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RONAN MAGILL Titanic 10th-15th April 1912 - An Atmospheric Poem in five pictures for solo piano - plus five other pieces Ronan Magill (piano) Recorded at Potton Hall, Dunwich 20th June 1997 MINERVA ATHENE ATH CD 13 [62:13 ]



The Titanic has attracted a considerable number of musical pictures and other commemorations. There is something hypnotically attractive about the mixture of tragedy, the ultimately unequal battle between natural forces and the heights of human endeavour represented by this giant amongst liners. The film and the Celtic-inflected score by Jerry Goldsmith has attracted considerable popular attention. Also notable were the 1950s film A Night To Remember (with a score by William Alwyn). Since those innocent days when people felt no embarrassment about calling ships Titanic, Irresistible and Indefatigable we have become more realistically cautious about naming things.

This giant 5-movement poem may well interest those made curious by the current media surge about the Titanic phenomenon. Magill was born in Sheffield in 1954. Britten was his musical mentor but his music does not bear any real sign of Britten’s voice. He studied with David Parkhouse (piano) and Philip Cannon (composition) He wrote this piece, in five pictures, in 1988.

The first piece is dark and rumbling - setting off deep vibrations. It is entitled Lamentation for the Dead and was originally inspired by a the death of a friend killed in a boating accident in Brittany. The second picture is The Departure which opens in swirling cascades of notes to the accompaniment of deeper bass figures signifying the vessel and a siren. The rumbling colossal power of the vessel is strongly evoked.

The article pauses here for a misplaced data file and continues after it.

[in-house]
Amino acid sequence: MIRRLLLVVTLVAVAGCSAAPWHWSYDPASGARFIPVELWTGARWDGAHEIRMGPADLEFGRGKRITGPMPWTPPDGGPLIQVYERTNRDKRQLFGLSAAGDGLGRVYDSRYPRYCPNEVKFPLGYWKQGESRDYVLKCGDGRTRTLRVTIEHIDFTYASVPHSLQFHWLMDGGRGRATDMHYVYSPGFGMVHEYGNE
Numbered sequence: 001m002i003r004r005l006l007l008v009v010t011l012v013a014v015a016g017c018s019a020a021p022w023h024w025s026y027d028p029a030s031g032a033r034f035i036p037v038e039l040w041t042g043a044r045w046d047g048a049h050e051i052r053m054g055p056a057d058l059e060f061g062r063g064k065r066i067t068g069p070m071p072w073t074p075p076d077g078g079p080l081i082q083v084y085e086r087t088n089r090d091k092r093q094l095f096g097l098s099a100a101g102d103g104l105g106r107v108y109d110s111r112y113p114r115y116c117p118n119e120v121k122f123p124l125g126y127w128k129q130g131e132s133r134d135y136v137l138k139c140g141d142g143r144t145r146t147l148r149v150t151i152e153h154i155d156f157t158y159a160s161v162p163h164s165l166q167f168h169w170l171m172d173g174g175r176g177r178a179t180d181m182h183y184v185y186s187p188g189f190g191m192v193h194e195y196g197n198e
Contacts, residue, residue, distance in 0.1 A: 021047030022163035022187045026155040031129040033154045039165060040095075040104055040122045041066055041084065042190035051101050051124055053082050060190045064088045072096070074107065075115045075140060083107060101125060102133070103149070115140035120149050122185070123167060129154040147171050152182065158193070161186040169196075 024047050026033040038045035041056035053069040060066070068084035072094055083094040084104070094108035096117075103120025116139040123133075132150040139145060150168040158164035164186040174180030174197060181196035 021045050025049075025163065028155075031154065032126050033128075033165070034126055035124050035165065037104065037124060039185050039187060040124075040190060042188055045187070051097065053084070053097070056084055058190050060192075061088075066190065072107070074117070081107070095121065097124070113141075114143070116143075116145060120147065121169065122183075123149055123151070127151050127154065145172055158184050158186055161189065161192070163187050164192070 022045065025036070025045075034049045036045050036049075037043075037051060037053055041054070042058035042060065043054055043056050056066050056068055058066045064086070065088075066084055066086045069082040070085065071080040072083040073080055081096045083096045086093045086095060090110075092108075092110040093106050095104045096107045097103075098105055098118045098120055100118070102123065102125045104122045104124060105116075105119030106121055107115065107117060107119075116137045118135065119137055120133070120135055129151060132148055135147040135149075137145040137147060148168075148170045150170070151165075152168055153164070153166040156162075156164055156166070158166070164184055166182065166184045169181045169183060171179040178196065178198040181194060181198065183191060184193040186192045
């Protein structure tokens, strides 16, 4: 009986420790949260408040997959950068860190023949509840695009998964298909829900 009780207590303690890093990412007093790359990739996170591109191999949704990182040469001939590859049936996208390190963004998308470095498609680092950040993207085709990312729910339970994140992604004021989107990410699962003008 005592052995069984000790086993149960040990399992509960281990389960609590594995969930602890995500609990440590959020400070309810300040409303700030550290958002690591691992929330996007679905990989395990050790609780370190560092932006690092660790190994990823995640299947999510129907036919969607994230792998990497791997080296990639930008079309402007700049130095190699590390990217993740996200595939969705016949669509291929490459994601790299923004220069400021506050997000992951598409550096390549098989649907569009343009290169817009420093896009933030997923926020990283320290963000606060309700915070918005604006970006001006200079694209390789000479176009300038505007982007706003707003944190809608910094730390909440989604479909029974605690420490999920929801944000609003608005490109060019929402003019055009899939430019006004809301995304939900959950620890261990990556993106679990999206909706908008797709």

The third picture is The Voyage. This is subdivided into 10 episodes. By this time we know that the music is suggestive rather than epic-melodic. The voices of Ravel, Debussy, Sorabji and Szymanowski are the nearest parallels I can come up with. The piano work is imaginative in its presentation of textures, echoes, rumblings and moods glimpsed rather than confronted. An exception is the Chopin-like and delicate Waltz (in picture 10) dedicated to William Hartley and his band all of whom were drowned. The Fourth picture is a portentous depiction of the iceberg in starry bright and ice-cold angular figures and clusters of notes. All the time the left-hand notes suggest depth and massive implacable scale.

There are five other related pieces on the disc. Archibald Joyce’s charming salon pieces, Remembrance and Songe d’Automne are played in Magill’s arrangements. Magill also arranged the touching and fragile Irish melody The Lass of Aughrim and dedicated it to the 50 Irish victims of the iceberg. Magill’s really rather fine The Titanic Waltz returns to close the disc in affectingly grand style.

Aficionados of Titanic culture should seek out this disc. Also anyone at all interested in contemporary piano literature would do well to track it down. For the more general listener I can only suggest that you sample this. Certainly if you enjoy the music of the composers I have mentioned (and perhaps I should add Medtner as well) then you will want this disc.


Rob Barnett


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Rob Barnett

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